Ashanti pepper (Piper guineense Schumach et Thonn) seed is well known in folkloric medicine in the management of type 2 diabetes (T2DM) with little or no scientific documentation for its action. This study investigated the effect of Ashanti pepper seed on some enzymes relevant to carbohydrate hydrolysis, blood regulation and the cholinergic system, as well as the blood glucose level, lipid profile, antioxidant parameters, and hepatic and renal function markers in T2DM rats.
T2DM was induced by feeding rats with high-fat diet (HFD) for 14 days followed by a single intraperitoneal dose of 35 mg/kg body weight of streptozotocin (STZ). Three days after STZ induction, diabetic rats were placed on a dietary regimen containing 2%–4% Ashanti pepper.
Reduced blood glucose level with decreased α-amylase, α-glucosidase and angiotensin I converting enzyme (ACE) activities were observed in Ashanti pepper seed and acarbose-treated rat groups when compared to that of the diabetic control rat group. Furthermore, the results revealed that inclusion of 2%–4% Ashanti pepper seed in diabetic rat fed group diets may ameliorate the lipid profile, antioxidant status, and hepatic and renal function in T2DM rats as much as in the acarbose-treated groups. In addition, a chromatographic profile of the seed revealed the presence of quercitrin (116.51 mg/g), capsaicin (113.94 mg/g), dihydrocapsaicin (88.29 mg/g) and isoquercitrin (74.89 mg/g).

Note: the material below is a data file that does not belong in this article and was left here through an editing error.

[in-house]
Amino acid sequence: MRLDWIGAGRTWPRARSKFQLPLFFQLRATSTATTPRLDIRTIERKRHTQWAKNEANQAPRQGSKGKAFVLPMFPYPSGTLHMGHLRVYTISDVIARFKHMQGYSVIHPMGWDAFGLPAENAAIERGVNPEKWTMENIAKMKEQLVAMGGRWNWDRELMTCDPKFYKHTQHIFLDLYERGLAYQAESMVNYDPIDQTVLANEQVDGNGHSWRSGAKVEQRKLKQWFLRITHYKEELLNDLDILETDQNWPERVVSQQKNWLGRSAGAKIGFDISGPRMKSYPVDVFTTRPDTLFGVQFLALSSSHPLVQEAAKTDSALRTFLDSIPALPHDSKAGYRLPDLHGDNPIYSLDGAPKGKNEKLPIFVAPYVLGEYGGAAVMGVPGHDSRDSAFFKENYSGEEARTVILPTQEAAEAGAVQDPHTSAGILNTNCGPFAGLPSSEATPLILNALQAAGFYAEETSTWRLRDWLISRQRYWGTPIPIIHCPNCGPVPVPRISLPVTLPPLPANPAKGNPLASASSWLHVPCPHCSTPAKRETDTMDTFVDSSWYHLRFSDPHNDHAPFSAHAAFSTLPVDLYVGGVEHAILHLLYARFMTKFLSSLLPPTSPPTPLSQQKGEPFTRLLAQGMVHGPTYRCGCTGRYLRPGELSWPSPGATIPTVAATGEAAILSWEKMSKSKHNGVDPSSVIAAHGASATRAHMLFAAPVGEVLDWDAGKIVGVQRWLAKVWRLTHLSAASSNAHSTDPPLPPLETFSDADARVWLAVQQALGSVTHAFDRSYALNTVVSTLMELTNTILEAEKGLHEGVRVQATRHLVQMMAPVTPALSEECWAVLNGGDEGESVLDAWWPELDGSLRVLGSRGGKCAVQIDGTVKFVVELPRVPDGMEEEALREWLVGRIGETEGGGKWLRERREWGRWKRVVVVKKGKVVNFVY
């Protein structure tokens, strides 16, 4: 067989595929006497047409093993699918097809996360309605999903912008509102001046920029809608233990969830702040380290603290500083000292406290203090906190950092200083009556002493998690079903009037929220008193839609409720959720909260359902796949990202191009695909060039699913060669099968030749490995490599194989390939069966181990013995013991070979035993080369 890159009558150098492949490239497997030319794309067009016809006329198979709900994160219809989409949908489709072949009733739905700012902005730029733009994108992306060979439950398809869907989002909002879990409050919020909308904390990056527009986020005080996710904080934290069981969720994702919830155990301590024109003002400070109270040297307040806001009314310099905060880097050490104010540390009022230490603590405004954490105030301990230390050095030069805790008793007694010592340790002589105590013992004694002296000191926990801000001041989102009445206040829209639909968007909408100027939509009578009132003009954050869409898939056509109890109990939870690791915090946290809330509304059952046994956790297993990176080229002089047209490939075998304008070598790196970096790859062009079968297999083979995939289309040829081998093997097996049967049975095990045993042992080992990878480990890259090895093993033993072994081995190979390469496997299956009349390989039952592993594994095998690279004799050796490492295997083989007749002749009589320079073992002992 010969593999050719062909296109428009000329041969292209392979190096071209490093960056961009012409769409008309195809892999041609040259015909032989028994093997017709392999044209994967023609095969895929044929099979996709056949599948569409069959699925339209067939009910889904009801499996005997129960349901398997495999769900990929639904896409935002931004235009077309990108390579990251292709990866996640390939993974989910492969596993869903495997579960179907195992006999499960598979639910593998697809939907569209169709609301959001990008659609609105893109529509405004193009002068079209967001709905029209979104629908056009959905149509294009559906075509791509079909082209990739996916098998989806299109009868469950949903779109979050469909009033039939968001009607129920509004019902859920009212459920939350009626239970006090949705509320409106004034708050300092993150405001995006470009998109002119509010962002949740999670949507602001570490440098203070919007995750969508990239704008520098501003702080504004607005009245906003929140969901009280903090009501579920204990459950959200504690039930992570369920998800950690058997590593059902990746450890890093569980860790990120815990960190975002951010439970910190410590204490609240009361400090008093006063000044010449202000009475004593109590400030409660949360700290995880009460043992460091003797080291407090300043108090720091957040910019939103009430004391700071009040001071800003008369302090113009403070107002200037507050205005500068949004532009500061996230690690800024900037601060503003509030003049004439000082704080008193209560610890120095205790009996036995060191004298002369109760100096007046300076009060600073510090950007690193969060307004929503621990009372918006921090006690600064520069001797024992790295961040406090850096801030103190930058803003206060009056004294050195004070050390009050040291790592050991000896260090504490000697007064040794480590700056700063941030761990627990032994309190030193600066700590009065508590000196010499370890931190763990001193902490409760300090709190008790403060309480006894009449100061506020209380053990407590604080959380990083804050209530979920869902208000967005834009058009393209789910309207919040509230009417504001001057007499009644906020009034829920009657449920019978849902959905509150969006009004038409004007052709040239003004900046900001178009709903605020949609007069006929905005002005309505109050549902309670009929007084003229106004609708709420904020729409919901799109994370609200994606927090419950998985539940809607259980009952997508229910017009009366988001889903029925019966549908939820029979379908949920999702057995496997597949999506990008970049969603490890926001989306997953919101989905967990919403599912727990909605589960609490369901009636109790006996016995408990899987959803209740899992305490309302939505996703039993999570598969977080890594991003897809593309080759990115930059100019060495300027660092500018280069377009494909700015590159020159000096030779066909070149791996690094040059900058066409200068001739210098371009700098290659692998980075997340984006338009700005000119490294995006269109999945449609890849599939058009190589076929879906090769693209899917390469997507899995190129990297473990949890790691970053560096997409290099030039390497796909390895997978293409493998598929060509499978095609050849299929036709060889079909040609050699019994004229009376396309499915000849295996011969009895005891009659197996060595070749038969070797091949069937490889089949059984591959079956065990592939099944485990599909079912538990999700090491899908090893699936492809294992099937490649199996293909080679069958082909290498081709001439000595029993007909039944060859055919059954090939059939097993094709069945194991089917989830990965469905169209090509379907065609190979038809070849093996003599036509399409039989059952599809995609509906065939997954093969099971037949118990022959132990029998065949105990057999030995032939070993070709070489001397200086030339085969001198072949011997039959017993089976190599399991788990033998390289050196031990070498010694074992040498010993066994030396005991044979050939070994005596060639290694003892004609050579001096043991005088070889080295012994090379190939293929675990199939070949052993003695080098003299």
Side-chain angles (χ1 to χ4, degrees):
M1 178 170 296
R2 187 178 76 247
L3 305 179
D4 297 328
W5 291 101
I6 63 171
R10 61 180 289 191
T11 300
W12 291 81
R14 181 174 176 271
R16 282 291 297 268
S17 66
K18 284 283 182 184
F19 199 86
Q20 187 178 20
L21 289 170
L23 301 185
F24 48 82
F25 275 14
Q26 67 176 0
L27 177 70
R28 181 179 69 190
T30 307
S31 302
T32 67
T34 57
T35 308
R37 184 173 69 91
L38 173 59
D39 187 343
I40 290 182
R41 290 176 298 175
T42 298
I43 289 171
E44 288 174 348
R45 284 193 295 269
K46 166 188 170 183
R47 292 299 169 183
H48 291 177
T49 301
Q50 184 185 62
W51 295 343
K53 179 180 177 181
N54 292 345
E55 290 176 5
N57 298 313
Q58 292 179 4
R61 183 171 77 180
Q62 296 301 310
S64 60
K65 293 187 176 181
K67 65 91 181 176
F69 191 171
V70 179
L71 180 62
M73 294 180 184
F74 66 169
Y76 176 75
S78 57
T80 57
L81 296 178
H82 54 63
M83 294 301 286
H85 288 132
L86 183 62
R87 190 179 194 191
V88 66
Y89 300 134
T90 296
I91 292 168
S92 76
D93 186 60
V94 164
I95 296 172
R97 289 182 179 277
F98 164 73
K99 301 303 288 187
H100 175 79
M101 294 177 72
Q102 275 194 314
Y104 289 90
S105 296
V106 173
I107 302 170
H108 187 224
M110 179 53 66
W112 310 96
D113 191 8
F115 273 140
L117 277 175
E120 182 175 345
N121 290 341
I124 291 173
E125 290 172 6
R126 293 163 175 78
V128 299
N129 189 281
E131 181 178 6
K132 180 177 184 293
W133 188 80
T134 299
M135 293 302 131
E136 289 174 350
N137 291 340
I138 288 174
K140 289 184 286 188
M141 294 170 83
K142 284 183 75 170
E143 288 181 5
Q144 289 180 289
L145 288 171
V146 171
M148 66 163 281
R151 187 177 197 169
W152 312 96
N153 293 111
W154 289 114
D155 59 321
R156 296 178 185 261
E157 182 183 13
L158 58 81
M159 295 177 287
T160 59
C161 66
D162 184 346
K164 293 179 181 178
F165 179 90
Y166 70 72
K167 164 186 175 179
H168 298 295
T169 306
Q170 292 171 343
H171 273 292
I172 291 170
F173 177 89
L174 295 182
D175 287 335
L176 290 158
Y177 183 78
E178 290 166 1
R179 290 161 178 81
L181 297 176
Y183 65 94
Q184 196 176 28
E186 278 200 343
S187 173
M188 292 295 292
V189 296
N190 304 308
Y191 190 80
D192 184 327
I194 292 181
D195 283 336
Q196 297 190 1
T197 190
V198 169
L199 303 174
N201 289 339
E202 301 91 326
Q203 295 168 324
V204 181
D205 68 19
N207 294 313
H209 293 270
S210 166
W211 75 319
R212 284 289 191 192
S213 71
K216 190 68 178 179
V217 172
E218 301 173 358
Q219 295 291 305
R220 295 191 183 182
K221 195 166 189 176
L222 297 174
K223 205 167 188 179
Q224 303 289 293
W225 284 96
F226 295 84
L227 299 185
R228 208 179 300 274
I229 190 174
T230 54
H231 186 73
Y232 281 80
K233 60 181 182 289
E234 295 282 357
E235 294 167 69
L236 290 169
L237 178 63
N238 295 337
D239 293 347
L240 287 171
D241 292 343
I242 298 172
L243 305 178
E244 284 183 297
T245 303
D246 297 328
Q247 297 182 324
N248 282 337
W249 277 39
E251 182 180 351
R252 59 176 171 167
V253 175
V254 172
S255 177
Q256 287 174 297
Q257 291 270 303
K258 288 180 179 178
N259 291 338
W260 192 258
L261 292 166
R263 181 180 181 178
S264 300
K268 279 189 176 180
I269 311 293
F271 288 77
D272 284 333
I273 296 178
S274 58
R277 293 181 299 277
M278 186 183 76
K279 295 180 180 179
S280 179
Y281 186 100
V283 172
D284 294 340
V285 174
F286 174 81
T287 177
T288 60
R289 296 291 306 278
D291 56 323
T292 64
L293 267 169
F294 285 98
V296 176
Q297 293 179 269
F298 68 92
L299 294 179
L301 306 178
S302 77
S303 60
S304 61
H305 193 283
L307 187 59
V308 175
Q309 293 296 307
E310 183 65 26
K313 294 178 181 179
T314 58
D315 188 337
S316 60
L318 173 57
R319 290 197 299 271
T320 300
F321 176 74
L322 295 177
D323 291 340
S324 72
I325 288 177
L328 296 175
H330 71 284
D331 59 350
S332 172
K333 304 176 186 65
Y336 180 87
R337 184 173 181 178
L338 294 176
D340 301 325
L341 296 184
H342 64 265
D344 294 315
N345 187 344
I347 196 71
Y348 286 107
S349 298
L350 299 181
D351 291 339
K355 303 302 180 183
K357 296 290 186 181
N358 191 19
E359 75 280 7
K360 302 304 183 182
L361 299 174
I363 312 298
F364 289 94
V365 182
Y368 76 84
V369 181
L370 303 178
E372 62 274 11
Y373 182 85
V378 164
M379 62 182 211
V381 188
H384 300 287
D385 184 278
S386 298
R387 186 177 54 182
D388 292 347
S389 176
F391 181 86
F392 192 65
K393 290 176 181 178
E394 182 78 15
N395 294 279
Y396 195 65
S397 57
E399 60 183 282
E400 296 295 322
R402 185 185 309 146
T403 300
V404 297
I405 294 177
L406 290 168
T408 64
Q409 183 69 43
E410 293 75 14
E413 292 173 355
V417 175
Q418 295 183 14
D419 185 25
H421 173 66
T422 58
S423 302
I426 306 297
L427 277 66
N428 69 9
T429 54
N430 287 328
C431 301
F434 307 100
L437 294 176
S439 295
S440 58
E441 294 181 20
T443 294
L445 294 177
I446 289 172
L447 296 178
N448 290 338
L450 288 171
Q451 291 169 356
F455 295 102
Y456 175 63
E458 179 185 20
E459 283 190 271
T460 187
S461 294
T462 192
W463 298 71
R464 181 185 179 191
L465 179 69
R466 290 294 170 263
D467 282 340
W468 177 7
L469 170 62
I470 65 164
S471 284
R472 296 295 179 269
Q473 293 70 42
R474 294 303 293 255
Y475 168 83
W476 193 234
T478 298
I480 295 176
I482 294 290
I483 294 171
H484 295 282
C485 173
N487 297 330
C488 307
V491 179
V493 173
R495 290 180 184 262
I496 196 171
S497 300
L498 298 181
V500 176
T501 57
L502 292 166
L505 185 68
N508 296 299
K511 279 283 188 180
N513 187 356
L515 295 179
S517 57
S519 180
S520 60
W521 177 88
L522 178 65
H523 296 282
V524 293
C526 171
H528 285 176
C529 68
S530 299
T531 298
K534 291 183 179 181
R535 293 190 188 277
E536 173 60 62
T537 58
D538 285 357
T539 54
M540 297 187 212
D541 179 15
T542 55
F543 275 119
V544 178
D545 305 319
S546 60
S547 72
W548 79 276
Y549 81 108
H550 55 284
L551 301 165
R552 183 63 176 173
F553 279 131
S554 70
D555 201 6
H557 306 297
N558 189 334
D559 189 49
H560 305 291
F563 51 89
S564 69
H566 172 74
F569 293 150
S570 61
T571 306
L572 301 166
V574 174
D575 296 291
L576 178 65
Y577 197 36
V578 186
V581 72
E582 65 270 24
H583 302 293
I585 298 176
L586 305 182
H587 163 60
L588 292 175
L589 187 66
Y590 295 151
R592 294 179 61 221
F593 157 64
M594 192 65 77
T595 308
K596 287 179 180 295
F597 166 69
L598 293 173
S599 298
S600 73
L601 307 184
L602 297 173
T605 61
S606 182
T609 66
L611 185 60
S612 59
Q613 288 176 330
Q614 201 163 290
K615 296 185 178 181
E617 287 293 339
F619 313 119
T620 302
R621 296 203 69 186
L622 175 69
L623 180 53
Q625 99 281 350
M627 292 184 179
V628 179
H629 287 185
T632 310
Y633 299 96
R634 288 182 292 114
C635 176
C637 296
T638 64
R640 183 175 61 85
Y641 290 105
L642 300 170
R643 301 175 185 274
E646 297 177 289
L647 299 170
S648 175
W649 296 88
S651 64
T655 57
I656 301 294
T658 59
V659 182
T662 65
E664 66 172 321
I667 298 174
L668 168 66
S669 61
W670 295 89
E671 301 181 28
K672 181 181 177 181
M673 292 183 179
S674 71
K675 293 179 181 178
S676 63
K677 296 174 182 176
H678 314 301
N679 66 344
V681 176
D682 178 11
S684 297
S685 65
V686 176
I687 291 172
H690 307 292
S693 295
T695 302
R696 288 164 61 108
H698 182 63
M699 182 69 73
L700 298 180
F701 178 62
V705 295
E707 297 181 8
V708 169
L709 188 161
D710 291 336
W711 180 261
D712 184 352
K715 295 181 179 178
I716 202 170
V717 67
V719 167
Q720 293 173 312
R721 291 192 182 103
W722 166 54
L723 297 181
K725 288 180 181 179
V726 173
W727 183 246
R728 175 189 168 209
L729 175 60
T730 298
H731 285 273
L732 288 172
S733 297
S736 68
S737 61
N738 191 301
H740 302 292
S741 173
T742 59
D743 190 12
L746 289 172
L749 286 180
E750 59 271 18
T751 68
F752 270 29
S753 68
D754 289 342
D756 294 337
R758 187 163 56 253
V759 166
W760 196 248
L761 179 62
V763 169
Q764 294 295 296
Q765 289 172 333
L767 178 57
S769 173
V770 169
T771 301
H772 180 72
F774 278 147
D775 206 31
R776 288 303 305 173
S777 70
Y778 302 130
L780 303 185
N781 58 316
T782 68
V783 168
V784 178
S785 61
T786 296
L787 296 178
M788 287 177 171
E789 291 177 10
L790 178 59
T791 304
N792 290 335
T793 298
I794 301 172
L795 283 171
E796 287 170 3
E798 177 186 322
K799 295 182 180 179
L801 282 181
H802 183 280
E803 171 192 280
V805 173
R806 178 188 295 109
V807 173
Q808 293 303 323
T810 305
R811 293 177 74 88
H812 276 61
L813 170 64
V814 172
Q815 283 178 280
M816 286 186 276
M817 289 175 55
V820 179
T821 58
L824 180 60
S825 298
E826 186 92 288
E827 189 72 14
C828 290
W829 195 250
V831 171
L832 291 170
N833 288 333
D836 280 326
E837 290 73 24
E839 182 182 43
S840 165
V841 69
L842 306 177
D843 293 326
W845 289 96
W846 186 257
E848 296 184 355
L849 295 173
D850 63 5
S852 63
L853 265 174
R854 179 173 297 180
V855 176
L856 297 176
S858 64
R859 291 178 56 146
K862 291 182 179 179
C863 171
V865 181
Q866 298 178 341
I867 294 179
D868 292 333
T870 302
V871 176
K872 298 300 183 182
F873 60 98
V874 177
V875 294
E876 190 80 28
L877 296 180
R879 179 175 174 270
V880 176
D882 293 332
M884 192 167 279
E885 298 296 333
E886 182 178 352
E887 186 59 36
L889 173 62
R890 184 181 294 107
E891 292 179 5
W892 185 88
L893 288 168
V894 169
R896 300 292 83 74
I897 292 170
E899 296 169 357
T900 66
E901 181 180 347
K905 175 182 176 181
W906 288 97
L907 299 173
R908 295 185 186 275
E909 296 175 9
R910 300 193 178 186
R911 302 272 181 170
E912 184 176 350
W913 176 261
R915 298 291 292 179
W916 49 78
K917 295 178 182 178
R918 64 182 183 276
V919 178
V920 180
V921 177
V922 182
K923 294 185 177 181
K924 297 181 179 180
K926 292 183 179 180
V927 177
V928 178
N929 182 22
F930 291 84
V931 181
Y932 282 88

The results from this study clearly suggest that Ashanti pepper could serve as a promising source of phenolic compounds with great alternative therapeutic potentials in the management of T2DM.
Author contributions: All the authors have accepted responsibility for the entire content of this submitted manuscript and approved submission.
Research funding: This study was funded by the Education Trust Fund Academic Staff Training and Development (AST & D) Intervention (Ref: FUTA/VCPU/ETF/155).
Employment or leadership: None declared.
Honorarium: None declared.
Competing interests: The funding organization(s) played no role in the study design; in the collection, analysis, and interpretation of data; in the writing of the report; or in the decision to submit the report for publication.
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